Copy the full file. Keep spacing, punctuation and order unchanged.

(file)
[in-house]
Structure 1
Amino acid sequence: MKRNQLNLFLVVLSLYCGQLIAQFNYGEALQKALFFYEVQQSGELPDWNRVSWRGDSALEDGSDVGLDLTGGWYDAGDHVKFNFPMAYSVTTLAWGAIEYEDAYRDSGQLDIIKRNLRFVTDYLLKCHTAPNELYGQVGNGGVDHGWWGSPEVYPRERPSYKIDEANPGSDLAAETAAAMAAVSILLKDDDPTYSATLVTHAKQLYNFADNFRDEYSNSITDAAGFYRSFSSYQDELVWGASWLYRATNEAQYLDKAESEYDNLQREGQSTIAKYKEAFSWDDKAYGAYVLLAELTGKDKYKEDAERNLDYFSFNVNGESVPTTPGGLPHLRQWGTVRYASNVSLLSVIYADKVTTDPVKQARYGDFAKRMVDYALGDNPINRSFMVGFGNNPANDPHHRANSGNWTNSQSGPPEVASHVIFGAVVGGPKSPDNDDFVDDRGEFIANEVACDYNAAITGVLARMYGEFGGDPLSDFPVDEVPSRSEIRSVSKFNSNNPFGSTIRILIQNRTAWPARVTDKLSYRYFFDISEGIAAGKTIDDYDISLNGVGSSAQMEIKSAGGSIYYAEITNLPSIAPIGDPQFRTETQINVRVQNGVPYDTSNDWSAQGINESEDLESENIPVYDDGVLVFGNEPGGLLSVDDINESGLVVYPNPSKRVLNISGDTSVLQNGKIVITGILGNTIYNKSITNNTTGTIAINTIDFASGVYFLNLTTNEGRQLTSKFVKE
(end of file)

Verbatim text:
[in-house]
Structure 1
Amino acid sequence: MKRNQLNLFLVVLSLYCGQLIAQFNYGEALQKALFFYEVQQSGELPDWNRVSWRGDSALEDGSDVGLDLTGGWYDAGDHVKFNFPMAYSVTTLAWGAIEYEDAYRDSGQLDIIKRNLRFVTDYLLKCHTAPNELYGQVGNGGVDHGWWGSPEVYPRERPSYKIDEANPGSDLAAETAAAMAAVSILLKDDDPTYSATLVTHAKQLYNFADNFRDEYSNSITDAAGFYRSFSSYQDELVWGASWLYRATNEAQYLDKAESEYDNLQREGQSTIAKYKEAFSWDDKAYGAYVLLAELTGKDKYKEDAERNLDYFSFNVNGESVPTTPGGLPHLRQWGTVRYASNVSLLSVIYADKVTTDPVKQARYGDFAKRMVDYALGDNPINRSFMVGFGNNPANDPHHRANSGNWTNSQSGPPEVASHVIFGAVVGGPKSPDNDDFVDDRGEFIANEVACDYNAAITGVLARMYGEFGGDPLSDFPVDEVPSRSEIRSVSKFNSNNPFGSTIRILIQNRTAWPARVTDKLSYRYFFDISEGIAAGKTIDDYDISLNGVGSSAQMEIKSAGGSIYYAEITNLPSIAPIGDPQFRTETQINVRVQNGVPYDTSNDWSAQGINESEDLESENIPVYDDGVLVFGNEPGGLLSVDDINESGLVVYPNPSKRVLNISGDTSVLQNGKIVITGILGNTIYNKSITNNTTGTIAINTIDFASGVYFLNLTTNEGRQLTSKFVKE